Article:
I washed my hair in the kitchen sink, just like we used to do in summer at my grandparent’s farm. On Sundays, in the tiny one bathroom house, when everyone, the fifteen or twenty of us, scrambled to get ready for church, my mom would wash our hair in the kitchen sink. The ironing board was set up near the front door and the aunts and the great aunts took turns pressing out wrinkles that would wrinkle up again as soon as we climbed into the cars.
After church, Grandpa sat in his chair in his Sunday clothes and read the fat newspaper. I think the only other times he sat there was when he was in his pajamas, after he’d spent an hour in the bathtub washing away the dirt from the garden, the grease from the garage.
Grandma cooked the eggs over a flame too high so they were brown and crisp on the edges. Someone else made toast, piling it on a plate in the oven. The bacon spit while the table was set. Potatoes and onions from last night’s supper were fried up, while we kids, with our clean hair, were sent to change clothes.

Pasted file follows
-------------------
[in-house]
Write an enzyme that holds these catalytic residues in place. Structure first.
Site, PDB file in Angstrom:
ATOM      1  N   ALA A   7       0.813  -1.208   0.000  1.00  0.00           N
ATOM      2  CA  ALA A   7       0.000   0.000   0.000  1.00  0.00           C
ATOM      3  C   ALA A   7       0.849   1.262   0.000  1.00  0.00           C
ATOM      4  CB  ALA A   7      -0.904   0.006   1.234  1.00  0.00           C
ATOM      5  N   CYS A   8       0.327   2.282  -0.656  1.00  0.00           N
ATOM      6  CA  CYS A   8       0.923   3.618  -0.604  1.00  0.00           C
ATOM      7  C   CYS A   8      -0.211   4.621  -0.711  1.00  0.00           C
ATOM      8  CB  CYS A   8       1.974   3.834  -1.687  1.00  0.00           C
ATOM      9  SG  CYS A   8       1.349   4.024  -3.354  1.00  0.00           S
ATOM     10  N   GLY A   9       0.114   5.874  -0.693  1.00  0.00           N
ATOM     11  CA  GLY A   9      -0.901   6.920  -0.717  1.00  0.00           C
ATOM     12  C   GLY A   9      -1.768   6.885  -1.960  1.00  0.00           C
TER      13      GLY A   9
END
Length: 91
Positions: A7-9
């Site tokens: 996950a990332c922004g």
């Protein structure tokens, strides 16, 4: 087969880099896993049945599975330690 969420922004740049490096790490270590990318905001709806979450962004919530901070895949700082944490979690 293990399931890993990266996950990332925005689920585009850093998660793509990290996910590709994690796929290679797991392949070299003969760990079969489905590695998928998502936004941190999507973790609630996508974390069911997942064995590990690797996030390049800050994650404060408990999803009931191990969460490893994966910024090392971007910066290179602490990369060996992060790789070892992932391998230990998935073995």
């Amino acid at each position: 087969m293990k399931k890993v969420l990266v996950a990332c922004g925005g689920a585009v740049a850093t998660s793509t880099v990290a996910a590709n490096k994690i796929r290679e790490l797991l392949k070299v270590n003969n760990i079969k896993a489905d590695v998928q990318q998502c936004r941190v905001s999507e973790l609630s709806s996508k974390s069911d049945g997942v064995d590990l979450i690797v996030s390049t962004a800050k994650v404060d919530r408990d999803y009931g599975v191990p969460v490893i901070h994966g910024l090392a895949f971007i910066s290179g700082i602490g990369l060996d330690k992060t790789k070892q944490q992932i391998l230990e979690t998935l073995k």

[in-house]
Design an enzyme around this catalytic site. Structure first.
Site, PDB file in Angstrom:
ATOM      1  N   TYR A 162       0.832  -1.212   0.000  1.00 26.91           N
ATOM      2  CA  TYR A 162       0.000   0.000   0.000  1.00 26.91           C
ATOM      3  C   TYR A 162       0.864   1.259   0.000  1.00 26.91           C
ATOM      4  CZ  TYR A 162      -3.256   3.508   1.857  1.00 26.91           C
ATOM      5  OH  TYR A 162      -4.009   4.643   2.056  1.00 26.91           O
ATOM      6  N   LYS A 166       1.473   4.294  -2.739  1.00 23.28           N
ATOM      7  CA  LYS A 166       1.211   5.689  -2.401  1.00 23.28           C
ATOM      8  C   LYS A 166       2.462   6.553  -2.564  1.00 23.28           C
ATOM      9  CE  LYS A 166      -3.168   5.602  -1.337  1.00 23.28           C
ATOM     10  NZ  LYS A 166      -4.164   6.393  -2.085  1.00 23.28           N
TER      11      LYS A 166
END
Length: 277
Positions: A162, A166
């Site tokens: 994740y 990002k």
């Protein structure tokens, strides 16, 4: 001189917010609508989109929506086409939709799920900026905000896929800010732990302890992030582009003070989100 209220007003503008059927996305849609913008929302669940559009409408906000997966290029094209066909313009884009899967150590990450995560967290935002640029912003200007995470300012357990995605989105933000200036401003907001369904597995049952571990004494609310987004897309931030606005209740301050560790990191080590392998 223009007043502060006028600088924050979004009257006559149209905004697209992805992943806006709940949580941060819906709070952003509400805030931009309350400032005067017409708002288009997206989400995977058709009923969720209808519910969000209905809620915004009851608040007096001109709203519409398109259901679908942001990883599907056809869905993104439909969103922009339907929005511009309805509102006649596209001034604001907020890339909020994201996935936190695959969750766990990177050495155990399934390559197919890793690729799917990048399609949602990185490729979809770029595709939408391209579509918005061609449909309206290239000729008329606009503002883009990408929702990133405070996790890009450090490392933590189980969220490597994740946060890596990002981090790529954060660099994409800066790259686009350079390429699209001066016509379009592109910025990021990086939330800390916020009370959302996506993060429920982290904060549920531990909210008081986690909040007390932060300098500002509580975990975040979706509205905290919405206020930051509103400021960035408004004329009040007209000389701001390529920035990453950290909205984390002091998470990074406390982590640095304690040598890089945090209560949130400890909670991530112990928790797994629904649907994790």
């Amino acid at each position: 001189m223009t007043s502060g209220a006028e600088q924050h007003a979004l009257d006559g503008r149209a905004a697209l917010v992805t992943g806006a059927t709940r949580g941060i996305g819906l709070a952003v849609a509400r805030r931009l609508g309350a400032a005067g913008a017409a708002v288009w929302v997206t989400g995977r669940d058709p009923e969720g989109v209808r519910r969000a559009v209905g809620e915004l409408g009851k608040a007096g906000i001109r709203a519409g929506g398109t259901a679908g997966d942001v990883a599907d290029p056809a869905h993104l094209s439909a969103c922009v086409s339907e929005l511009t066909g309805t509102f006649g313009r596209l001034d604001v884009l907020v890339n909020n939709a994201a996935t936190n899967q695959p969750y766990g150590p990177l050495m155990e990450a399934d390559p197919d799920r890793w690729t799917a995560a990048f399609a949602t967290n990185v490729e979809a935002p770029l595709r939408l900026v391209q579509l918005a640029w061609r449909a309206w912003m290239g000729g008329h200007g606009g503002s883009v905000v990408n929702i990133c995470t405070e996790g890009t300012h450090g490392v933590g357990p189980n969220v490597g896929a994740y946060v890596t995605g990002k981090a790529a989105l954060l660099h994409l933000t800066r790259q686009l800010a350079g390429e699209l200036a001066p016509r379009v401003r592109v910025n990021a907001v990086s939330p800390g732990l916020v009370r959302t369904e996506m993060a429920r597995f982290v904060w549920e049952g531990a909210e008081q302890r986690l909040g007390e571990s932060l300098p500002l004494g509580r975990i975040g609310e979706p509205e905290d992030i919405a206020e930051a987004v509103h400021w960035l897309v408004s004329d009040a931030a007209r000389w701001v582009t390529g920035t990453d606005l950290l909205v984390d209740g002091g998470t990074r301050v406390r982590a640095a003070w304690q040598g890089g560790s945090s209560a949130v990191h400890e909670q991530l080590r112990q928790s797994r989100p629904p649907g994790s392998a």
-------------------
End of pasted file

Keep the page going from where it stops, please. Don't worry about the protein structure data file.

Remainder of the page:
Mom was happy when she was home at the farm. And I think she’s happy now. I imagine her dressed in bright orange and bright pink, swinging on a wooden swing, smiling, the way I kept seeing her from the corner of my eye, from that bar chair in Playa del Carmen, on the night she died.
I washed my hair in the kitchen sink today because I didn’t want to wait for a turn in the tub. All I wanted to do was see my sister. I wanted to get to her house, see if she was home, and hold the root of her.